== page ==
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[ The PC Guide | Systems and Components Reference Guide | Hard Disk Drives | Hard Disk Geometry and Low-Level Data Structures | Hard Disk Data Encoding and Decoding ]

Technical Requirements for Encoding and Decoding

You might think that since there are two magnetic polarities, N-S and S-N, they could be used nicely to represent a "one" and a "zero" respectively, to allow easy encoding of digital information. Simple! Well, that would be nice, but as with most things in real life, it usually doesn't work that way. :^) There are three key reasons why it is not possible to do this simple 1-to-1 encoding:

  • Fields vs. Reversals: Read/write heads are designed not to measure the actual polarity of the magnetic fields, but rather flux reversals, which occur when the head moves from an area that has north-south polarity to one that has south-north polarity, or vice-versa. The reason the heads are designed based on flux reversals instead of absolute magnetic field, is that reversals are easier to measure. When the hard disk head passes from over a reversal a small voltage spike is produced that can be picked up by the detection circuitry. As disk density increases, the strength of each individual magnetic field continues to decrease, which makes detection sensitivity critical. What this all means is that the encoding of data must be done based on flux reversals, and not the contents of the individual fields.
  • Synchronization: Another consideration in the encoding of data is the necessity of using some sort of method of indicating where one bit ends and another begins. Even if we could use one polarity to represent a "one" and another to represent a "zero", what would happen if we needed to encode on the disk a stream of 1,000 consecutive zeros? It would be very difficult to tell where, say, bit 787 ended and bit 788 began. Imagine driving down a highway with no odometer or highway markings and being asked to stop exactly at mile #787 on the highway. It would be pretty hard to do, even if you knew where you started from and your exact speed.
  • Field Separation: Although we can conceptually think of putting 1000 tiny N-S pole magnets in a row one after the other, in reality magnetic fields don't work this way. They are additive. Aligning 1000 small magnetic fields near each other would create one large magnetic field, 1000 times the size and strength of the individual components. Without getting too far into the details, let's just say that this would, in layman's terms, create a mess. :^)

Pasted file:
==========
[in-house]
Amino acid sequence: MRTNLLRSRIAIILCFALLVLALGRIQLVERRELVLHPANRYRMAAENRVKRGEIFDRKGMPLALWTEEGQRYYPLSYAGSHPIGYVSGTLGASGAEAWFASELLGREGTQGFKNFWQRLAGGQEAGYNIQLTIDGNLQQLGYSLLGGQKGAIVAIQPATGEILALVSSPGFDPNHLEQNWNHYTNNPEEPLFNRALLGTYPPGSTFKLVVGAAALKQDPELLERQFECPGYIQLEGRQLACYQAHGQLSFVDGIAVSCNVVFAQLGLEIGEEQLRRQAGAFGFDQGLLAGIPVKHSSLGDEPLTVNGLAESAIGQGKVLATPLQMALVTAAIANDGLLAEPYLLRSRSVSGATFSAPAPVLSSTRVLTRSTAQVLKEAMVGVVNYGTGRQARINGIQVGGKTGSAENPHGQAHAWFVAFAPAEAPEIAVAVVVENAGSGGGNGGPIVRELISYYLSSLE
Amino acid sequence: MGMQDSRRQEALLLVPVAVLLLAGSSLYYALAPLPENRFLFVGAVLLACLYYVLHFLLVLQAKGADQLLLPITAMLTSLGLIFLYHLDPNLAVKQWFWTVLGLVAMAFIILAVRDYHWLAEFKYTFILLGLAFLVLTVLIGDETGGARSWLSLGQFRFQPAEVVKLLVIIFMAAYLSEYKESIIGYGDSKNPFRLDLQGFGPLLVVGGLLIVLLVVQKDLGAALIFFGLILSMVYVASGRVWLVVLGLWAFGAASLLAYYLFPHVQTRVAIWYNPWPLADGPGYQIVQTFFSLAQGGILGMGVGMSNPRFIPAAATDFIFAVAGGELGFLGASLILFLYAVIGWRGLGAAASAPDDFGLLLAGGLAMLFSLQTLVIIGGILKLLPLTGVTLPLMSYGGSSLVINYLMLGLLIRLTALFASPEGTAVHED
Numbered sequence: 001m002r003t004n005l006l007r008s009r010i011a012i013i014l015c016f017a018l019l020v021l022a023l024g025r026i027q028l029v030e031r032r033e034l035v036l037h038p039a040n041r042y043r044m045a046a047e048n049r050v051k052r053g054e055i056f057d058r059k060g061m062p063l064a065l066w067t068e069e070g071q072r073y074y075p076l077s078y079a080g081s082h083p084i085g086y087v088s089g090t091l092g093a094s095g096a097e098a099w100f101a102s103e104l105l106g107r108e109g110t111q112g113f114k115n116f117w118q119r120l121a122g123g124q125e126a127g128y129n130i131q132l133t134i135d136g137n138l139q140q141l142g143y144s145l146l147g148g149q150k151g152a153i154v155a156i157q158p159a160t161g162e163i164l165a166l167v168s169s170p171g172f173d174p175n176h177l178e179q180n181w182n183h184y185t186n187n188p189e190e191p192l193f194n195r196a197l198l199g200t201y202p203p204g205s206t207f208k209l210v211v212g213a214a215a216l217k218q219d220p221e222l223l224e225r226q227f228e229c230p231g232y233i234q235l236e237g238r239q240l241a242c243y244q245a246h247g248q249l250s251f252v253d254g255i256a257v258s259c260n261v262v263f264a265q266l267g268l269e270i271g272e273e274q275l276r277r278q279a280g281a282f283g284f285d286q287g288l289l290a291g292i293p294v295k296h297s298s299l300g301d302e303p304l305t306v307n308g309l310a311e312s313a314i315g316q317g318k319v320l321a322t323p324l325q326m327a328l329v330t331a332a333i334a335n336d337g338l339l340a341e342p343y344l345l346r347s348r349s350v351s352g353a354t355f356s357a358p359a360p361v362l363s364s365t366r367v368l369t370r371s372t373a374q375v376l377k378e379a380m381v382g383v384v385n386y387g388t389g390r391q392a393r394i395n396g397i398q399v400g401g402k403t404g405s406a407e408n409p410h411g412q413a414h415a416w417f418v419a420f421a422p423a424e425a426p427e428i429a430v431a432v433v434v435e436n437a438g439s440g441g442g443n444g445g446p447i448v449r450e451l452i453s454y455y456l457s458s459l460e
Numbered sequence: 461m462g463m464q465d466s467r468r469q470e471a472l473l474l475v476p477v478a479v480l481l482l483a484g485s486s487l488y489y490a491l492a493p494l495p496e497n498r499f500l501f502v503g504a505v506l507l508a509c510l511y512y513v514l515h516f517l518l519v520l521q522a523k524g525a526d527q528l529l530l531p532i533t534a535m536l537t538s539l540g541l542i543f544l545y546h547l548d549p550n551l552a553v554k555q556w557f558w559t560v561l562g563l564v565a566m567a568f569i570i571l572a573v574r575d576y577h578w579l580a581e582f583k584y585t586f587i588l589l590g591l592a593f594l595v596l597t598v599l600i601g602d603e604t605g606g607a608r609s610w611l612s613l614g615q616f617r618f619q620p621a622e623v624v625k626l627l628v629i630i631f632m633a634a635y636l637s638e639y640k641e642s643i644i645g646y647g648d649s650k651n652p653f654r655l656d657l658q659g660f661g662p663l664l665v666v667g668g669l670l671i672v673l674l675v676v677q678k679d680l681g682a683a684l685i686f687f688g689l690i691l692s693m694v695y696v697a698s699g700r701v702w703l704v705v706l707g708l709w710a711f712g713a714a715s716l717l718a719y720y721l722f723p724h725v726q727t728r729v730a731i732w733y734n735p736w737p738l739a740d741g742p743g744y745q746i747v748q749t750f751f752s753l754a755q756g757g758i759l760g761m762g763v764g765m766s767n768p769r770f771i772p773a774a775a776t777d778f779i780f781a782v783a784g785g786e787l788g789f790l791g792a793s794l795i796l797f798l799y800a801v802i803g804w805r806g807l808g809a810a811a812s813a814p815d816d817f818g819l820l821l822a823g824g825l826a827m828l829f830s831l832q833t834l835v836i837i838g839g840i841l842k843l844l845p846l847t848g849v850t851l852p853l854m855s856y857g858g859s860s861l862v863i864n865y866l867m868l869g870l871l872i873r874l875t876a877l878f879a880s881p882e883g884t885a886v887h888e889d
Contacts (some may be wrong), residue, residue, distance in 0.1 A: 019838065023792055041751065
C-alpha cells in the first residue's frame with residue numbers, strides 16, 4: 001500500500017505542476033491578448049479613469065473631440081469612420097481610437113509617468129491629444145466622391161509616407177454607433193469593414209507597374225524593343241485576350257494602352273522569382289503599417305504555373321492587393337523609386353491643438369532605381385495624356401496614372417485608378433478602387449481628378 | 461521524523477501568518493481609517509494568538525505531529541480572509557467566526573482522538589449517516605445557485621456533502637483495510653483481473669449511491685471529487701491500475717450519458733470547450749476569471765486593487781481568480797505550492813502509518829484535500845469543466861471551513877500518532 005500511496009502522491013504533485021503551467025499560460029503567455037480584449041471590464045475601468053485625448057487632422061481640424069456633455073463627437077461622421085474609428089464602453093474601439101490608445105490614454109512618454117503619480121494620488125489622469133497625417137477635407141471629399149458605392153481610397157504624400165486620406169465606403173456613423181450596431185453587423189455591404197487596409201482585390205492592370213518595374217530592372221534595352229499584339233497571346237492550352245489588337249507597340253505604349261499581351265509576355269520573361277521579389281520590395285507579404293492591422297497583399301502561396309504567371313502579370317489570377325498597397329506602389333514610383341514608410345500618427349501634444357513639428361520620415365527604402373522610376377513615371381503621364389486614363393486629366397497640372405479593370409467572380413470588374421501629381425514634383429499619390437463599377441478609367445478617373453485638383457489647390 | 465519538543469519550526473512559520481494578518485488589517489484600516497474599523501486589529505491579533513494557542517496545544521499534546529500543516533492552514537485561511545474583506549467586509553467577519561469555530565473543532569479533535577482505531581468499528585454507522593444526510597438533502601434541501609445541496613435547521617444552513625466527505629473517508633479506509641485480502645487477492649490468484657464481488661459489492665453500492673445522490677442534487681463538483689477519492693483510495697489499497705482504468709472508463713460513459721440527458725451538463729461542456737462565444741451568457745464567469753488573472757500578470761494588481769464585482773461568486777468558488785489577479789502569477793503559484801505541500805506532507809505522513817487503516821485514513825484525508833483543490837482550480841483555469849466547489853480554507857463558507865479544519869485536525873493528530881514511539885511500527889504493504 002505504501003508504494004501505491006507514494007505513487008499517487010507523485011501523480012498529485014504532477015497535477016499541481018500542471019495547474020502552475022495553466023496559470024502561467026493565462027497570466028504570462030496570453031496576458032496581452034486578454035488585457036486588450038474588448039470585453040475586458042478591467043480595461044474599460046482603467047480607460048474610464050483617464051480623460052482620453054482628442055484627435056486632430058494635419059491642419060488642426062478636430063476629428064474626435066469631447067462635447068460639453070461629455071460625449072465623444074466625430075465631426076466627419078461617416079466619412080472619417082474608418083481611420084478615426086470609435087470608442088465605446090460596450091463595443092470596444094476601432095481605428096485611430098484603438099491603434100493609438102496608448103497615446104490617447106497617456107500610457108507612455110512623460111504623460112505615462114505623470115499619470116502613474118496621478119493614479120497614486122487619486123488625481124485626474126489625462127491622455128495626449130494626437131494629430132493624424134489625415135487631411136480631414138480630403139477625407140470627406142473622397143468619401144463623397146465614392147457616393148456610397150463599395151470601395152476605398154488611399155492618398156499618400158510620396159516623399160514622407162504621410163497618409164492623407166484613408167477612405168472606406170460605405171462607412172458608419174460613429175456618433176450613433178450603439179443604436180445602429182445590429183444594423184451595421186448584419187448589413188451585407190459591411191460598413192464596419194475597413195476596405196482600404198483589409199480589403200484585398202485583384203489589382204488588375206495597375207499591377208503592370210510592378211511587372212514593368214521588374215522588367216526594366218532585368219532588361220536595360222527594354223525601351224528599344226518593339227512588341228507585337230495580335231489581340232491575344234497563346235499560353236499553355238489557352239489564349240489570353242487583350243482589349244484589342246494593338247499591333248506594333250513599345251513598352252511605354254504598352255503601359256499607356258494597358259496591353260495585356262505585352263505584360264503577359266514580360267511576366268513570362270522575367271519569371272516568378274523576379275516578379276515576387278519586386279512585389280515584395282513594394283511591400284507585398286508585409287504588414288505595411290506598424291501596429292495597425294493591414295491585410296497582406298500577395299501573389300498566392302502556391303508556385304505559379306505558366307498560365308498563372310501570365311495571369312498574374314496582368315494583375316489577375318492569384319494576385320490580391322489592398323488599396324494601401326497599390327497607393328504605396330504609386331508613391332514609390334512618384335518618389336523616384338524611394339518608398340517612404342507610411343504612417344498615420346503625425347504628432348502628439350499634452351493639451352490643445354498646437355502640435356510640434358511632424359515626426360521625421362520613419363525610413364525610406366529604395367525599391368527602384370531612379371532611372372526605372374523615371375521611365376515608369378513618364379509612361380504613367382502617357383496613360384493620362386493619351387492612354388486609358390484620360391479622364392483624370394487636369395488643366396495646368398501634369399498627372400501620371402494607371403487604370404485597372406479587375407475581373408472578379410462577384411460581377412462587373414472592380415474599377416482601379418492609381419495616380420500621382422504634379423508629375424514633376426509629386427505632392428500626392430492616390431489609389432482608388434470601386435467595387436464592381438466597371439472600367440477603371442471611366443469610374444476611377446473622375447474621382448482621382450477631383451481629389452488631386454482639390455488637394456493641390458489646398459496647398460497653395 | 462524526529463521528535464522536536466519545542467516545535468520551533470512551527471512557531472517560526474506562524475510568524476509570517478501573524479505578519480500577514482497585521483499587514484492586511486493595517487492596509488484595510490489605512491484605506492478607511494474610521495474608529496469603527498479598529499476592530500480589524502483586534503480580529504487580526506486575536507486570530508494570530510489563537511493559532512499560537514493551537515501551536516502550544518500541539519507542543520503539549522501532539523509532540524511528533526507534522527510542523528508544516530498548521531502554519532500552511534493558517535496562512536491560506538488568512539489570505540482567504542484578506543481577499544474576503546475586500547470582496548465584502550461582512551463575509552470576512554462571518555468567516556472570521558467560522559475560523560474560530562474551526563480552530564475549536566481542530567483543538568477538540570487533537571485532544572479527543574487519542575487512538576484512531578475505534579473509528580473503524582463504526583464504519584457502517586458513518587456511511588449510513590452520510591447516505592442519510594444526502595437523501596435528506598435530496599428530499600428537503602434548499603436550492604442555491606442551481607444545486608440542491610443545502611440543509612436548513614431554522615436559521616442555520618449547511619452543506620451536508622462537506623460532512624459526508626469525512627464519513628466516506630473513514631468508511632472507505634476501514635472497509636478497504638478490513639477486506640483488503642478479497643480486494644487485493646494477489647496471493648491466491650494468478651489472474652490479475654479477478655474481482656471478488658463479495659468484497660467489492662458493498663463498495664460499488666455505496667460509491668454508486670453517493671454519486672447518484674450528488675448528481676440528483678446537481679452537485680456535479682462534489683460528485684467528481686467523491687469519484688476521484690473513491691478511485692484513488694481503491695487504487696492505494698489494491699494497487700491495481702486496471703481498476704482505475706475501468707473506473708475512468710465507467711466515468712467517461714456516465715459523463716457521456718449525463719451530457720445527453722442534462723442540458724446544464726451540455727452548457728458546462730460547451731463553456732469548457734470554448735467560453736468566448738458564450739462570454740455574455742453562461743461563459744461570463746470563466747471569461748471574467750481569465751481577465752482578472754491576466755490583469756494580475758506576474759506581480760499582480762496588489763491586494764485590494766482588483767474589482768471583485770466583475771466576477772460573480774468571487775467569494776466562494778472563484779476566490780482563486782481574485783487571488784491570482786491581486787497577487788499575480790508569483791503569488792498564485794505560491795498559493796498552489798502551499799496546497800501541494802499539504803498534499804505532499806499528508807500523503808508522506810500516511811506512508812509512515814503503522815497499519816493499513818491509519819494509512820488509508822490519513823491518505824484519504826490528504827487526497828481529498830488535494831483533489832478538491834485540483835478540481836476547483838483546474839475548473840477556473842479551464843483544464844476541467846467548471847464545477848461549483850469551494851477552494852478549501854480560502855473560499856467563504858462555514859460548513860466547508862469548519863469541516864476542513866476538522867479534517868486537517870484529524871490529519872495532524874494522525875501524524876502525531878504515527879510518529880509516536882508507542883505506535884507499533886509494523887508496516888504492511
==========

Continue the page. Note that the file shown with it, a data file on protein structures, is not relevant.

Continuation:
Therefore, in order to encode data on the hard disk so that we'll be able to read it back reliably, we need to take the issues above into account. We must encode using flux reversals, not absolute fields. We must keep the number of consecutive fields of same polarity to a minimum. And to keep track of which bit is where, some sort of clock synchronization must be added to the encoding sequence. Considering the highway example above, this is somewhat analogous to adding markers or milestones along the road.

Idealized depiction of the way hard disk data is written and then read.
The top waveform shows how patterns are written to the disk. In the
middle, a representation is shown of the way the media on the disk is
magnetized into domains of opposite direction based on the polarity of
the write current. The waveform on the bottom shows how the flux
transitions on the disk translate into positive and negative voltage
pulses when the disk is read. Note that the pattern above is made up
and doesn't follow any particular pattern or encoding method.

In addition to the requirements we just examined, there's another design limit that must be taken into account: the magnetization limits of the media itself. Each linear inch of space on a track can only store so many flux reversals. This is one of the limitations in recording density, the number of bits that can be stored on the platter surface. Since we need to use some flux reversals to provide clock synchronization, these are not available for data. A prime goal of data encoding methods is therefore to decrease the number of flux reversals used for clocking relative to the number used for real data.

The earliest encoding methods were relatively primitive and wasted a lot of flux reversals on clock information. Over time, storage engineers discovered progressively better methods that used fewer flux reversals to encode the same amount of information. This allowed the data to effectively be packed tighter into the same amount of space. It's important to understand the distinction of what density means in this context. Hardware technology strives to allow more bits to be stored in the same area by allowing more flux reversals per linear inch of track. Encoding methods strive to allow more bits to be stored by allowing more bits to be encoded (on average) per flux reversal.

Note: There are in fact many data encoding and decoding methods. I only examine here the most common ones used for PC-related technologies.

Next: Frequency Modulation (FM)

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